NEW ORLEANS, LA – Members of a multidisciplinary inpatient team at Tulane University left a family meeting this morning scratching their heads, as they honored their patient and family’s unusual wish to make the patient DNR (Do Not Resuscitate) on Tuesdays, Thursdays, and Saturdays (TTS).

DNR status, depends on the day really

“I don’t… What the…” started a stymied palliative care nurse practitioner Amy Martin.  “I have no idea… I mean, really?”

The patient, who asked for privacy and asked that her case not be discussed further during rounds, is Mary Anderson in room 2122 at Tulane University, a 78-year-old female battling end stage heart failure.  She has failed medical management and despite home milrinone remains heavily symptomatic.

And perhaps confused.

The meeting involved Ms. Martin, hospitalist David James, cardiologist Laura Matthews, nursing staff, the patient, her husband and children.  The meeting ran for two hours this morning, ending at approximately 11:15 AM before the really odd decision was made.

“They were completely befuddled,” observed charge nurse Elaine Richards.  “They just slowly exited the room.  They looked at each other, shook their heads, hands on their hips.  They were speechless.  When I heard the outcome… Let’s just say, now I’ve seen it all.”

“What can you do?” said Dr. Matthews, shrugging her shoulders.  “We discussed and she made an informed decision.  Apparently.  Unfortunately, she does have decision-making capacity.  So there you go.”  Shortly after the comment, Dr. Matthews sighed and entered the order: DNR TTS.

The code status doesn’t end there.

“It’s not that she’s just Full Code on the other days either,” added Dr. James, staring blankly at the wall.  “Her CPR instructions reads like a grocery list.  A really strange grocery list.”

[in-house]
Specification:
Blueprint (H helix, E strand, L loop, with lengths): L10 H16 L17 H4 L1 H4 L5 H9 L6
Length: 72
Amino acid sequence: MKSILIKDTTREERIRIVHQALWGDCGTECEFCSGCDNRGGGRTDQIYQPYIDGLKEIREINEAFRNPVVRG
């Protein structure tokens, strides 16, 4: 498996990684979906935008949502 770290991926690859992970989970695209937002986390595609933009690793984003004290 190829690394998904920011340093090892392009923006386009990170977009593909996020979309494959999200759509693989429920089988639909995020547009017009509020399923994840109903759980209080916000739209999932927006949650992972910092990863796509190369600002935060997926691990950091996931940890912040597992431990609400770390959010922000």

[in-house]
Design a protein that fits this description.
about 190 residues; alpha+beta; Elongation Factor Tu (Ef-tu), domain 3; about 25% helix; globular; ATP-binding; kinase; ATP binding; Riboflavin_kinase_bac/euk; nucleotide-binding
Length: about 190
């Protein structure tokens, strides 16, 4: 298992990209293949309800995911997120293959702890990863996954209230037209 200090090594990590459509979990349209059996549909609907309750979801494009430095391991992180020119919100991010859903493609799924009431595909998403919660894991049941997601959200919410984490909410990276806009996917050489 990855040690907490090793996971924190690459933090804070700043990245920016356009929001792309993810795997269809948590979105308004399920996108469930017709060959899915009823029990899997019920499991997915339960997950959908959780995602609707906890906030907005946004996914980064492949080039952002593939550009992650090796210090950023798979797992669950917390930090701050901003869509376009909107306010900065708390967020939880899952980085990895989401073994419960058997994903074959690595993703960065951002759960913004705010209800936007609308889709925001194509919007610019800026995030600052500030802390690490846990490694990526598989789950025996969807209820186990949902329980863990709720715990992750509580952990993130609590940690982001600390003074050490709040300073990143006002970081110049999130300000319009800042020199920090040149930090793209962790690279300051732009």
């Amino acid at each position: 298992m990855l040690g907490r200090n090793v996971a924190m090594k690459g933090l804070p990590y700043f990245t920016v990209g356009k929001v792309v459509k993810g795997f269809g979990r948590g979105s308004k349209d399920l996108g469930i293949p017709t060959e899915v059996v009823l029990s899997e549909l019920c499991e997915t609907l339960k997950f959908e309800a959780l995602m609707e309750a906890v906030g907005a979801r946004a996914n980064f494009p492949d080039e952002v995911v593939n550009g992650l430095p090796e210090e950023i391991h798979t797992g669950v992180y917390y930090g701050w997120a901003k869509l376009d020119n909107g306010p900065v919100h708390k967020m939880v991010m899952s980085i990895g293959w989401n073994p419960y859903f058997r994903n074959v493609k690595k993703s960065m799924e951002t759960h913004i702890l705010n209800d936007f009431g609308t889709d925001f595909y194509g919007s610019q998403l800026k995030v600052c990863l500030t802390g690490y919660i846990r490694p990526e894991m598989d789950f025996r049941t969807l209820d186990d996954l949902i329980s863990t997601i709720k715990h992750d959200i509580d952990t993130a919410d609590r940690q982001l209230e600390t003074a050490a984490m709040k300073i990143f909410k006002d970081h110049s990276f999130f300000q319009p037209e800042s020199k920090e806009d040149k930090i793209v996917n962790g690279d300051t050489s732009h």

Though the details of Anderson’s code status is private and protected by HIPAA, highlights of Anderson’s highly-specific code status include:

– Full Code MWF
– No CPR on Sundays
– Chest compressions to be performed only from right side of bed
– Code Team “should be multiethnic”
– Okay with epinephrine but not vasopressin
– Okay with left-sided central venous access, but not the right
– Ventilation to be done by a right-handed respiratory therapist
– Wishes to be shocked exactly 4 times, irrespective of cardiac rhythm

The paperwork was signed and computer orders were entered at 11:35 AM, reflecting the patient’s new historically awkward code status.  By 12 PM, Anderson’s defeated inpatient medical team called it a day and went out for Happy Hour to figure out what exactly just happened.

In a last ditch effort, a psychiatry consult placed at 12:01 PM is still pending.  GomerBlog will continue to follow this story.

The hospital menu of ham sandwiches looks delicious tomorrow.  Mrs. Anderson has canceled her DNR orders until 1 hour after the ham sandwich has entered her stomach.

UPDATE 07:50 AM ET (03/08/16):
Mrs. Anderson has changed her code status and is now DNR Mondays, Wednesdays, Fridays.

Dr. 99
First there was Dr. 01, the first robot physician, created to withstand toxic levels of burnout in an increasingly mechanistic and impossibly demanding healthcare field. Dr. 99 builds upon the advances of its ninety-eight predecessors by phasing out all human emotion, innovation, and creativity completely, and focusing solely on pre-programmed protocols and volume-based productivity. In its spare time, Dr. 99 enjoys writing for Gomerblog and listening to Taylor Swift.